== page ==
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Articles by D. E Stewart
Total Records ( 2 ) for D. E Stewart
  J Sacher , A. A Wilson , S Houle , P Rusjan , S Hassan , P. M Bloomfield , D. E Stewart and J. H. Meyer
 

Context  The early postpartum period is a time of high risk for a major depressive episode (or postpartum depression), with a prevalence of 13%. During this time, there is a heightened vulnerability for low mood because postpartum blues is common. Severe postpartum blues can herald the onset of postpartum depression. The neurobiological mechanisms to explain postpartum blues and the high risk for the onset of postpartum depression in the first few weeks after delivery are unclear. Estrogen levels drop 100- to 1000-fold during the first 3 to 4 days postpartum, and changes in estrogen levels have an inverse relationship with monoamine oxidase A (MAO-A) density. However, MAO-A levels have never been measured in the early postpartum period.

Objective  To determine whether brain MAO-A binding is elevated in the early postpartum period.

Design  Case-control study.

Setting  Tertiary care academic psychiatric hospital in Toronto, Ontario, Canada.

Participants  Fifteen healthy women who were 4 to 6 days postpartum and 15 healthy women who had not recently been postpartum underwent carbon 11–labeled harmine positron emission tomography scanning. All women were nonsmoking and medication free.

Main Outcome Measure  MAO-A total distribution volume, an index of MAO-A density, was measured in prefrontal cortex, anterior cingulate cortex, anterior temporal cortex, thalamus, dorsal putamen, hippocampus, and midbrain.

Results  MAO-A total distribution volume was significantly elevated (mean, 43%) throughout all analyzed brain regions during the early postpartum period.

Conclusions  Elevated MAO-A levels in the early postpartum period can be interpreted as a marker of a monoamine-lowering process that contributes to the mood change of postpartum blues. Rather than a purely psychosocial model, we propose a neurobiological model of estrogen decline, followed by elevated MAO-A binding, low mood, and subsequently a period of high risk for major depressive episodes. Our model has important implications for preventing postpartum depression and for developing therapeutic strategies that target or compensate for elevated MAO-A levels during postpartum blues.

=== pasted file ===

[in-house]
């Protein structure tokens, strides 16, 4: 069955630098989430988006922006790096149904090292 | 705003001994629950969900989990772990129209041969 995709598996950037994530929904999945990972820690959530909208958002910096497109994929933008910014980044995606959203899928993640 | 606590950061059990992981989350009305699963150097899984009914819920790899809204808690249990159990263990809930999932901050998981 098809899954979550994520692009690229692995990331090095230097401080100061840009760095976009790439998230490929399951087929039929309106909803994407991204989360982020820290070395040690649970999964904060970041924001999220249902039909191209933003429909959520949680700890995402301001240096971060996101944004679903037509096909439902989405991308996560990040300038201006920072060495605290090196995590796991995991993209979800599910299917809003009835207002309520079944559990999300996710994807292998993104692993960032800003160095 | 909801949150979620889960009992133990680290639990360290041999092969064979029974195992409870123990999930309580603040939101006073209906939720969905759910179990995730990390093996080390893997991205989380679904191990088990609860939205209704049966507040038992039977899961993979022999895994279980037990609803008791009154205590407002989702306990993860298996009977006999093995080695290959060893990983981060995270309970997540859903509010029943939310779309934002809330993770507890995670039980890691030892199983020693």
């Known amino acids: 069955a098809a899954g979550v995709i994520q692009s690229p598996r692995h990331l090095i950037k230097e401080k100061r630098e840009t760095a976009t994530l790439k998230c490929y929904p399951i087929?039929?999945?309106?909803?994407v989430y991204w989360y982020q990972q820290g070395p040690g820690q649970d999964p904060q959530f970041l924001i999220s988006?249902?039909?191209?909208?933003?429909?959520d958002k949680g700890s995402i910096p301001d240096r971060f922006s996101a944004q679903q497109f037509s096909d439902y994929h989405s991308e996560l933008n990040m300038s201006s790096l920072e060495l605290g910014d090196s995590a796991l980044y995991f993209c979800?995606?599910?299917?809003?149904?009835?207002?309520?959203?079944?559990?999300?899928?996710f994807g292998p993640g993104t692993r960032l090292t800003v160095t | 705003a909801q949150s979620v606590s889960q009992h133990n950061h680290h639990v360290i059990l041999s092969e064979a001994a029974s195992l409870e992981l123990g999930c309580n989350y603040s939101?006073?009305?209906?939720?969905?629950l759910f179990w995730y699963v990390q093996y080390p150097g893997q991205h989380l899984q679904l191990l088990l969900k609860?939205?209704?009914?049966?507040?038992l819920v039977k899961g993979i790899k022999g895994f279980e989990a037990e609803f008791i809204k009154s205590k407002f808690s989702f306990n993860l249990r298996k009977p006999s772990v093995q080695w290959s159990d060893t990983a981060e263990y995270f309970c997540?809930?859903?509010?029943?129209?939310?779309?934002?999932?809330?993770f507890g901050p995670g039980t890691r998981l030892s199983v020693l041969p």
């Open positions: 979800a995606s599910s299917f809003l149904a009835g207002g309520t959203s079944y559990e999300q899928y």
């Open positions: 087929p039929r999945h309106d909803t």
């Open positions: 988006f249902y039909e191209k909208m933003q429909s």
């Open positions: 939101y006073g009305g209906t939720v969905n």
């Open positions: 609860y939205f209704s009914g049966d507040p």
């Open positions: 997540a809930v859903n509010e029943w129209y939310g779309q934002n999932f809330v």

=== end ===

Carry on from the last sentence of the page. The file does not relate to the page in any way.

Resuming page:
B. D Thombs , R. C Ziegelstein , L Pilote , D. J. A Dozois , A. T Beck , K. S Dobson , S Fuss , P de Jonge , S. L Grace , D. E Stewart , J Ormel and S. E. Abbey
 

Background

Depression measures that include somatic symptoms may inflate severity estimates among medically ill patients, including those with cardiovascular disease.

Aims

To evaluate whether people receiving in-patient treatment following acute myocardial infarction (AMI) had higher somatic symptom scores on the Beck Depression Inventory–II (BDI–II) than a non-medically ill control group matched on cognitive/affective scores.

Method

Somatic scores on the BDI–II were compared between 209 patients admitted to hospital following an AMI and 209 psychiatry out-patients matched on gender, age and cognitive/affective scores, and between 366 post-AMI patients and 366 undergraduate students matched on gender and cognitive/affective scores.

Results

Somatic symptoms accounted for 44.1% of total BDI–II score for the 209 post-AMI and psychiatry out-patient groups, 52.7% for the 366 post-AMI patients and 46.4% for the students. Post-AMI patients had somatic scores on average 1.1 points higher than the students (P<0.001). Across groups, somatic scores accounted for approximately 70% of low total scores (BDI–II <4) v. approximately 35% in patients with total BDI–II scores of 12 or more.

Conclusions

Our findings contradict assertions that self-report depressive symptom measures inflate severity scores in post-AMI patients. However, the preponderance of somatic symptoms at low score levels across groups suggests that BDI–II scores may include a small amount of somatic symptom variance not necessarily related to depression in post-AMI and non-medically ill respondents.

 
 
 
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